Effex Capital suffers heavy blow in NFA defamation lawsuit
Effex Capital, the company embroiled in FXCM’s exit from the US retail Forex market, has suffered a heavy blow in the Illinois Northern District Court. On July 14, 2022, Judge Andrea R. Wood ruled against the reopening of the defamation case launched by Effex against NFA.
Plaintiffs Effex Capital, LLC and John Dittami brought this action in 2017 against Defendants National Futures Association (NFA), James P. O’Hara, and Thomas P. Sexton, alleging that the defendants, as part of a disciplinary proceeding in which Effex was not involved, published false and defamatory statements about Effex and Dittami and disclosed their trade secrets without authorization.
The Illinois Northern District Court dismissed the case in 2018, finding that the plaintiffs failed to exhaust their administrative remedies prior to filing suit. That dismissal was affirmed by the Seventh Circuit on alternative grounds in 2019. At that time, the Seventh Circuit instructed Plaintiffs that they should have sought relief through the administrative process provided by the Commodity Exchange Act (CEA), 7 U.S.C. § 21 et seq., and overseen by the United States Commodity Futures Trading Commission (CFTC).
Having done so with an unfavorable result, Effex and Dittami moved to vacate this Court’s earlier dismissal and reopen the case.
The Judge noted that, in 2017, the NFA reached a settlement with one of its members, Forex Capital Markets, LLC (FXCM), and its managers as part of a disciplinary adjudication. To announce the settlement, the NFA issued several publications regarding the investigation and disciplinary adjudication.
According to the plaintiffs, those publications contained false and defamatory statements about their relationship with FXCM and revealed their trade secrets. In response, the plaintiffs filed suit in the Illinois Northern District Court, alleging that the publications damaged their professional reputations, resulted in lost business, and led to several lawsuits against them.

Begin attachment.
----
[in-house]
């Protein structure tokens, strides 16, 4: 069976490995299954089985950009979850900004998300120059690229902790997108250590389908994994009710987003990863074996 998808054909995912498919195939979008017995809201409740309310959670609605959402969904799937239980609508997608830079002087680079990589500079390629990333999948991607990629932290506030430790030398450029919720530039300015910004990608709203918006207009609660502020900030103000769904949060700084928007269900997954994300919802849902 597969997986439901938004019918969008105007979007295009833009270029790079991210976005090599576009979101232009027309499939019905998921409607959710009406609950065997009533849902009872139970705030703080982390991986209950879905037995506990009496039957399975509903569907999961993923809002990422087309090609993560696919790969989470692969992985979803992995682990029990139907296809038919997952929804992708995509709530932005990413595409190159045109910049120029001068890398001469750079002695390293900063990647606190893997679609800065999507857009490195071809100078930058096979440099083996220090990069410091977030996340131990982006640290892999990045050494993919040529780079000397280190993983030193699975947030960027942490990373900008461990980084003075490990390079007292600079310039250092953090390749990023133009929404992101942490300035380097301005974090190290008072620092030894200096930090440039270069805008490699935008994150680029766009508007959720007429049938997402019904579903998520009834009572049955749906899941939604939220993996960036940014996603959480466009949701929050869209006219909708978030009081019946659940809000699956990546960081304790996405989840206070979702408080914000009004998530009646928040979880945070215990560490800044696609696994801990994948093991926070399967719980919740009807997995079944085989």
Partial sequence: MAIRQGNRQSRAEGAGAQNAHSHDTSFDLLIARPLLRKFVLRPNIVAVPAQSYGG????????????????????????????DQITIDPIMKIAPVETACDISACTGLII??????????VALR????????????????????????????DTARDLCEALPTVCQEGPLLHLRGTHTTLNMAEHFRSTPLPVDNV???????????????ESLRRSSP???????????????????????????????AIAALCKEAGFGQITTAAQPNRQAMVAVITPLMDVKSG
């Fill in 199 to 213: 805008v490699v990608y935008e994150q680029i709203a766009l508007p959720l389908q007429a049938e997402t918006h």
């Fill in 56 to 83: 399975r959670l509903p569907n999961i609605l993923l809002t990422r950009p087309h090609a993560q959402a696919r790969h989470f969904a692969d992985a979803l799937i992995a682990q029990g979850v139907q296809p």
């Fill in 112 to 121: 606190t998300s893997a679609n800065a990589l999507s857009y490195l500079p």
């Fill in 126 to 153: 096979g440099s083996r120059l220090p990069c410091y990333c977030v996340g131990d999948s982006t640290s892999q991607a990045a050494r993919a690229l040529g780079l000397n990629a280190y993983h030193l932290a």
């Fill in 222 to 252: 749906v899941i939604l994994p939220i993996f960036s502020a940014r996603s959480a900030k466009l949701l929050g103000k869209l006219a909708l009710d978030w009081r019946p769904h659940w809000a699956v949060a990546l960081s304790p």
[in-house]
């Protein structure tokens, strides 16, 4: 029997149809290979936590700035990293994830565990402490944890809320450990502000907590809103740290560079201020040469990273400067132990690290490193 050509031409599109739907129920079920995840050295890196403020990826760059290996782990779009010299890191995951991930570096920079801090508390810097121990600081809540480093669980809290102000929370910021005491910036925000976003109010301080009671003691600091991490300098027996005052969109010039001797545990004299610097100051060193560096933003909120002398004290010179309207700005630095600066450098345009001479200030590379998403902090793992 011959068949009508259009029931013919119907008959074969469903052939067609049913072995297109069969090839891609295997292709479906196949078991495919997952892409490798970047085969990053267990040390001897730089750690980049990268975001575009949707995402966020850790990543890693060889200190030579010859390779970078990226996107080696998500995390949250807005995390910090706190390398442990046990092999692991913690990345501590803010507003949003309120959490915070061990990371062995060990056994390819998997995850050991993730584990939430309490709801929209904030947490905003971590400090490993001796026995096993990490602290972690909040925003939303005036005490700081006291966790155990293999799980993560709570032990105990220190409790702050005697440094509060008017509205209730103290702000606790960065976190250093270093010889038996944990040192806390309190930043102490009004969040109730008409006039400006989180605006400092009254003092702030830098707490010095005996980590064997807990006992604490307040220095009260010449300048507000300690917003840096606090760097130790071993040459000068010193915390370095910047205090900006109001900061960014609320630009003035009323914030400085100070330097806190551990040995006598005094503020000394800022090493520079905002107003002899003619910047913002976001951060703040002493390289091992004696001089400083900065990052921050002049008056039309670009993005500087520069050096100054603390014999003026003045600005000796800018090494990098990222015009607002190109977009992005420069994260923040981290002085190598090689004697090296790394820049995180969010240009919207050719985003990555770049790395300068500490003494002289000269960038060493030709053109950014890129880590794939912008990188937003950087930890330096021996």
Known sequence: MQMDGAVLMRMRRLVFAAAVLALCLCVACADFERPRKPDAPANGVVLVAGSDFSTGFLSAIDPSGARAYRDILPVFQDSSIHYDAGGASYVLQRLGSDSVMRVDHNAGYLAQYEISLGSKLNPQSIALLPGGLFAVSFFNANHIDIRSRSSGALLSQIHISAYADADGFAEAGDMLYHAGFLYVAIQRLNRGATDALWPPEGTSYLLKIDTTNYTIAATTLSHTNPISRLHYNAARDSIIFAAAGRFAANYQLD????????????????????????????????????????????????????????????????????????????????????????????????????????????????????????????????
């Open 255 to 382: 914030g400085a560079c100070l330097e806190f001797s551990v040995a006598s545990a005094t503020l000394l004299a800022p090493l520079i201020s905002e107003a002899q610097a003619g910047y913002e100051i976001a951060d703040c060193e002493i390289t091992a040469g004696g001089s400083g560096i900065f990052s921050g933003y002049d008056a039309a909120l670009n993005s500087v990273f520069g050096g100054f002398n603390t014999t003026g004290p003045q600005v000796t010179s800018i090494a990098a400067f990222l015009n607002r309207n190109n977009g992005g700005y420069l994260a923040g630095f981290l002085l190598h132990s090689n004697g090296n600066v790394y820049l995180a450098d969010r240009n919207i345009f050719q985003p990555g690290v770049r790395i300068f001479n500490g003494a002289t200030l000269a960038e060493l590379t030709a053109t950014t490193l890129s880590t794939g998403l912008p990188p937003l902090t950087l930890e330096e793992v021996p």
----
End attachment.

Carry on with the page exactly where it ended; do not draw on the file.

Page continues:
Seeking injunctive relief and monetary damages, Plaintiffs asserted federal claims for denial of their due-process rights and state-law claims for defamation, various business torts, and violations of the Illinois Trade Secrets Act. The District Court dismissed the suit on the grounds that Plaintiffs had failed to exhaust their administrative remedies.
The Seventh Circuit affirmed that dismissal on alternative grounds.
On January 18, 2022, Plaintiffs filed a motion, seeking to vacate this Court’s earlier dismissal and reopen the case.
As the Seventh Circuit explained, Plaintiffs’ only option to challenge the NFA’s decision was to follow the federally mandated review scheme established by the CEA. Under that scheme, they could first seek review by the CFTC and, if unhappy with that decision, appeal it to the appropriate Court of Appeals. However, rather than timely appeal the CFTC’s decision, Plaintiffs filed a motion to reopen their original case before the Illinois Northern District Court.
According to Plaintiffs, the CFTC’s ruling leaves them wholly without recourse for their claims. As it stands, that might be true. The Judge noted that rather than seeking to circumvent this outcome by trying to revive previously dismissed claims, Plaintiffs could, and should, have followed the process outlined by the CEA and appealed the CFTC’s decision to the Seventh Circuit.
The Judge said that Effex and Dittami may feel that this outcome is unjust or worry that it creates a loophole encouraging SROs like the NFA to commit bad acts against non-members. But Plaintiffs’ disappointment does not constitute “exceptional circumstances” justifying the grant of a Rule 60(b) motion.
Accordingly, Plaintiffs’ motion to vacate the prior ruling and reopen the case was denied. The case remains closed.